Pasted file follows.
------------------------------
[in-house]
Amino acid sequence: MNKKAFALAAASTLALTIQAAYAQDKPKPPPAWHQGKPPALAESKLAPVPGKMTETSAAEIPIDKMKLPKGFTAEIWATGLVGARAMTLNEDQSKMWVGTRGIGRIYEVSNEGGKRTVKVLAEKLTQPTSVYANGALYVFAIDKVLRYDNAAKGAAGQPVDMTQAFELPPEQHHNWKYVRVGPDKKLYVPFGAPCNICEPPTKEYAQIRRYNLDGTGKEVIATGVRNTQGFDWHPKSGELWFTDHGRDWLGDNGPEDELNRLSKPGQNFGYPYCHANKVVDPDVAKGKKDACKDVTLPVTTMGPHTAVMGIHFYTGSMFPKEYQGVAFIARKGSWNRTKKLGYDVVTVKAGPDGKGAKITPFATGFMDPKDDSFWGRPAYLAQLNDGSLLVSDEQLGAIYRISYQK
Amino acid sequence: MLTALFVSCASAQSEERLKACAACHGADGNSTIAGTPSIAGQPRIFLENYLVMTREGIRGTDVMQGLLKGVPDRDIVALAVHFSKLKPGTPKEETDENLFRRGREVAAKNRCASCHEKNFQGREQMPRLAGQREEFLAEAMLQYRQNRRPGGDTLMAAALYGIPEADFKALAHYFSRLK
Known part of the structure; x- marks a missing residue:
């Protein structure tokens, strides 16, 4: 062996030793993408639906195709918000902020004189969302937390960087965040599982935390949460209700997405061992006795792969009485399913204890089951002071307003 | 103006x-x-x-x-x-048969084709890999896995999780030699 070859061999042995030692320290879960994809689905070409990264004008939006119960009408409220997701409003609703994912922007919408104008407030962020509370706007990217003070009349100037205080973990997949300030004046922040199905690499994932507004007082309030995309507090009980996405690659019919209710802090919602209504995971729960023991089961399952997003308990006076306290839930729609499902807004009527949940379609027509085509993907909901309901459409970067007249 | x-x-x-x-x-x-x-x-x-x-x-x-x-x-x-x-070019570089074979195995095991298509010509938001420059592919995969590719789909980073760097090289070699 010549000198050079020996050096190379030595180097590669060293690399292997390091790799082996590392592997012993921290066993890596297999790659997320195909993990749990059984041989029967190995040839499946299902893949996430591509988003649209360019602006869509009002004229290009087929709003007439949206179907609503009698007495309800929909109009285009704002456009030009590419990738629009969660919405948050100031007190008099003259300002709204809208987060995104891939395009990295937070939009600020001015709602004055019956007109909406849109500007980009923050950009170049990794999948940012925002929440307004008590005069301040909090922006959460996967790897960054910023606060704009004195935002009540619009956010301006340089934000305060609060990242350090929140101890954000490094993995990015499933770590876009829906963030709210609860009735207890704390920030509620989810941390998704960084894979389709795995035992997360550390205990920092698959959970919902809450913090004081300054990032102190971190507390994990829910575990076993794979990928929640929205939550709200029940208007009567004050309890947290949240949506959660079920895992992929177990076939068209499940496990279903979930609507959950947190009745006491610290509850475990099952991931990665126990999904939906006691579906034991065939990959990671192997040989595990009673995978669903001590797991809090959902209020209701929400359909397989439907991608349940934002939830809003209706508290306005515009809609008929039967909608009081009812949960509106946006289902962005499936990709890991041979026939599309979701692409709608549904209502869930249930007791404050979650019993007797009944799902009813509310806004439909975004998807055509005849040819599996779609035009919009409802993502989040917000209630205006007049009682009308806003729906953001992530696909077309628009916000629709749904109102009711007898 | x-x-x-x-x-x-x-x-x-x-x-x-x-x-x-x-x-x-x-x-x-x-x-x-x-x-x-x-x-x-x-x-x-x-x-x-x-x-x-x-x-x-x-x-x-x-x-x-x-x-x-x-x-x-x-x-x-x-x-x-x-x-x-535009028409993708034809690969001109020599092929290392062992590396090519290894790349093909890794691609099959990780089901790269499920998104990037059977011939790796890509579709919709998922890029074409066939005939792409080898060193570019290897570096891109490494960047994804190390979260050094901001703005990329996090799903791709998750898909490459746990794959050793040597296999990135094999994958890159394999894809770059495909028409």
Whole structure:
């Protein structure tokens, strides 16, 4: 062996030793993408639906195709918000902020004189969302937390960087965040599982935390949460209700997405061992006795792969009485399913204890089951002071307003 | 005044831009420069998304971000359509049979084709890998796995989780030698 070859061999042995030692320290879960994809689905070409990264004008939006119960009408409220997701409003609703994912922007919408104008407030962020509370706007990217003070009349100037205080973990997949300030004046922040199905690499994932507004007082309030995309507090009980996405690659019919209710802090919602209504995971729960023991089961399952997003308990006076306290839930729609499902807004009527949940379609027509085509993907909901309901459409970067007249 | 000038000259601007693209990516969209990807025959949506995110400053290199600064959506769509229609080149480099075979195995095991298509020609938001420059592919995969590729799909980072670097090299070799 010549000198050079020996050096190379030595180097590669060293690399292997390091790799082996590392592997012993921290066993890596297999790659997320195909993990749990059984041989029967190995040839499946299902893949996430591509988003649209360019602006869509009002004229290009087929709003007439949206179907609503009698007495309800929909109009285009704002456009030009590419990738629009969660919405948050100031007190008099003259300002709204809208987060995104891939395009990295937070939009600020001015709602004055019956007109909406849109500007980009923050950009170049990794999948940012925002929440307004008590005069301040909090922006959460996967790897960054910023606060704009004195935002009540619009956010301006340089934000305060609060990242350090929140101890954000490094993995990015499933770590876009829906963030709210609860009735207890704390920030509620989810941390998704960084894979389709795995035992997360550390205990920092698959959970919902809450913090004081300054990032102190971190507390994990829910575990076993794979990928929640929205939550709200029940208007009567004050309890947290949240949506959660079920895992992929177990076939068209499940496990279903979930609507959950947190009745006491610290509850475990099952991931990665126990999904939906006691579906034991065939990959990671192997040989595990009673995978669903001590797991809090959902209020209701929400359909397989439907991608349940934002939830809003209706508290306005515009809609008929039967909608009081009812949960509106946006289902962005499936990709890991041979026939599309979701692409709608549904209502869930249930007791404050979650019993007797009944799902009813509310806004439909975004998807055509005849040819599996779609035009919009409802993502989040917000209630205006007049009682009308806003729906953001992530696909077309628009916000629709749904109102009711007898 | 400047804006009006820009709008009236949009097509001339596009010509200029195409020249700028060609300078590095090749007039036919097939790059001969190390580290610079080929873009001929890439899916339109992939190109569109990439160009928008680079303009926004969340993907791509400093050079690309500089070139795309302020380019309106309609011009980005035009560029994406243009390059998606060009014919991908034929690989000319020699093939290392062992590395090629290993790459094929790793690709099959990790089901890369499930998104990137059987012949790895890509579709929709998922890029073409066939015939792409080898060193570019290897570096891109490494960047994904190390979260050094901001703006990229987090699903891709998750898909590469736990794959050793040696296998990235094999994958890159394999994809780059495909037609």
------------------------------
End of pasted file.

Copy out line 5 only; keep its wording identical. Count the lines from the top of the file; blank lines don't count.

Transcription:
């Protein structure tokens, strides 16, 4: 062996030793993408639906195709918000902020004189969302937390960087965040599982935390949460209700997405061992006795792969009485399913204890089951002071307003 | 103006x-x-x-x-x-048969084709890999896995999780030699 070859061999042995030692320290879960994809689905070409990264004008939006119960009408409220997701409003609703994912922007919408104008407030962020509370706007990217003070009349100037205080973990997949300030004046922040199905690499994932507004007082309030995309507090009980996405690659019919209710802090919602209504995971729960023991089961399952997003308990006076306290839930729609499902807004009527949940379609027509085509993907909901309901459409970067007249 | x-x-x-x-x-x-x-x-x-x-x-x-x-x-x-x-070019570089074979195995095991298509010509938001420059592919995969590719789909980073760097090289070699 010549000198050079020996050096190379030595180097590669060293690399292997390091790799082996590392592997012993921290066993890596297999790659997320195909993990749990059984041989029967190995040839499946299902893949996430591509988003649209360019602006869509009002004229290009087929709003007439949206179907609503009698007495309800929909109009285009704002456009030009590419990738629009969660919405948050100031007190008099003259300002709204809208987060995104891939395009990295937070939009600020001015709602004055019956007109909406849109500007980009923050950009170049990794999948940012925002929440307004008590005069301040909090922006959460996967790897960054910023606060704009004195935002009540619009956010301006340089934000305060609060990242350090929140101890954000490094993995990015499933770590876009829906963030709210609860009735207890704390920030509620989810941390998704960084894979389709795995035992997360550390205990920092698959959970919902809450913090004081300054990032102190971190507390994990829910575990076993794979990928929640929205939550709200029940208007009567004050309890947290949240949506959660079920895992992929177990076939068209499940496990279903979930609507959950947190009745006491610290509850475990099952991931990665126990999904939906006691579906034991065939990959990671192997040989595990009673995978669903001590797991809090959902209020209701929400359909397989439907991608349940934002939830809003209706508290306005515009809609008929039967909608009081009812949960509106946006289902962005499936990709890991041979026939599309979701692409709608549904209502869930249930007791404050979650019993007797009944799902009813509310806004439909975004998807055509005849040819599996779609035009919009409802993502989040917000209630205006007049009682009308806003729906953001992530696909077309628009916000629709749904109102009711007898 | x-x-x-x-x-x-x-x-x-x-x-x-x-x-x-x-x-x-x-x-x-x-x-x-x-x-x-x-x-x-x-x-x-x-x-x-x-x-x-x-x-x-x-x-x-x-x-x-x-x-x-x-x-x-x-x-x-x-x-x-x-x-x-535009028409993708034809690969001109020599092929290392062992590396090519290894790349093909890794691609099959990780089901790269499920998104990037059977011939790796890509579709919709998922890029074409066939005939792409080898060193570019290897570096891109490494960047994804190390979260050094901001703005990329996090799903791709998750898909490459746990794959050793040597296999990135094999994958890159394999894809770059495909028409």